Submitted by Karl Kuhrman on Fri, 07/12/2019 - 12:37
A home-made BZen-MOD1 on a sunny July day.

DiY Solar Module

What better way to dive into solar energy than to make your own solar module? You will learn the basics of solar energy in the process to give you a solid foundation for more advanced projects. The BZen-MOD1 is a full-open source solar module rated at 1000mA and 0.55V. Most of the supplies you'll need to build this can be purchased at a typical hardware or art/hobby supply store. The harder to find items - solar cell, ultra clear glass, sealant/adhesive and bonding materials - can be found on-line or purchased from one of a sponsor.

Bzen-MOD1 on GitHub


The terms 'solar module' and 'solar panel' are typically used interchangeably to refer to one or more solar cells connected and environmentally protected for the purpose of producing electricity. The term 'solar panel' often conjures images of glass and aluminium slabs the height of an adult mounted on the roof of a building or in a solar farm. But the familiar strip on a hand-held calculator, which powers it, is also a solar panel or module. In short, a solar module can be just about any size. A solar module is just one part of a solar system and it's purpose is to generate electricity from the sun. The other primary components of the typical solar system serve the purpose of storing this electricity and managing it's use. In speak we say a solar system serves to generate, store and regulate electricity from solar energy.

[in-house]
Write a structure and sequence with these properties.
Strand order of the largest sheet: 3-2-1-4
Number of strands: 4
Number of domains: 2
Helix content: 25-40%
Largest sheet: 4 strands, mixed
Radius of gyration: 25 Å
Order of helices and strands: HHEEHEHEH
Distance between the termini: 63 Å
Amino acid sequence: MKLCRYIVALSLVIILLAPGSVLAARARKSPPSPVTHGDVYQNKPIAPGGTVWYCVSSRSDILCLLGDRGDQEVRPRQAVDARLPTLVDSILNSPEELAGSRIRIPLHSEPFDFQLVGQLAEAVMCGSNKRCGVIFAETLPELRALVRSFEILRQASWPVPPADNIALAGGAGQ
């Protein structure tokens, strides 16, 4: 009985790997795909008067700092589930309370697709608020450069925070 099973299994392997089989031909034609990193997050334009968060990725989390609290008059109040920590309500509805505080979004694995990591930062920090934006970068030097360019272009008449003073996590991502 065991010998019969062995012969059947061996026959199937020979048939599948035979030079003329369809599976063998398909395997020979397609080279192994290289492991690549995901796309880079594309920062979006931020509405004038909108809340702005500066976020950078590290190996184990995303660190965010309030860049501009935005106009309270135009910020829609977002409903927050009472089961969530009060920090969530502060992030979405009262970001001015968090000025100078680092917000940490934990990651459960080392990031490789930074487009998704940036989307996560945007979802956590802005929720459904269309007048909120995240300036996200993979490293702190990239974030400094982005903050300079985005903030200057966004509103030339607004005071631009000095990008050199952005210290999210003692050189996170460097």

The BZen-MOD1 encapsulates a fairly small solar cell - 70mm x 50mm - in a rigid casing. Why go to the trouble of encasing the cell? There are two main reasons: durability and performance (on a much larger module one might add safety to the list of reasons but in the case of a module this small, safety is rolled into 'performance' since the risk of electrical hazard or fire is very small).

Not everyone is familiar with solar cells but many people are familiar with the common potato chip. In terms of weight and brittleness a solar cell and potato chip are very much alike. Trying to work with something as delicate as a potato chip as a source of electricity has a very high likelihood of leading to frustration and project failure. Therefore, we enclose the cell to prevent breakage. This makes the cell more durable.

Why not simply mount the cell on some rigid object, like a piece of metal or wood? This is where performance and safety become a factor. Imagine trying to work with the electrically charged materials of a battery outside of the protective case. The result might be messy or dangerous. But moreover, the chance of impurities being introduced into the system arises, creating a risk of degraded performance and even a safety hazard. Although the analogy may seem like a stretch it's not really far off the mark. There is a good reason why technology manufacturers use clean and white rooms as even the tiniest airborne contaminant can introduce the risk of component failure or worse - electric shock or fire.

Having a clean or white room is not a requirement to build a safe and functional BZen-MOD1. But we will take steps to greatly reduce the risks associated with contaminants.

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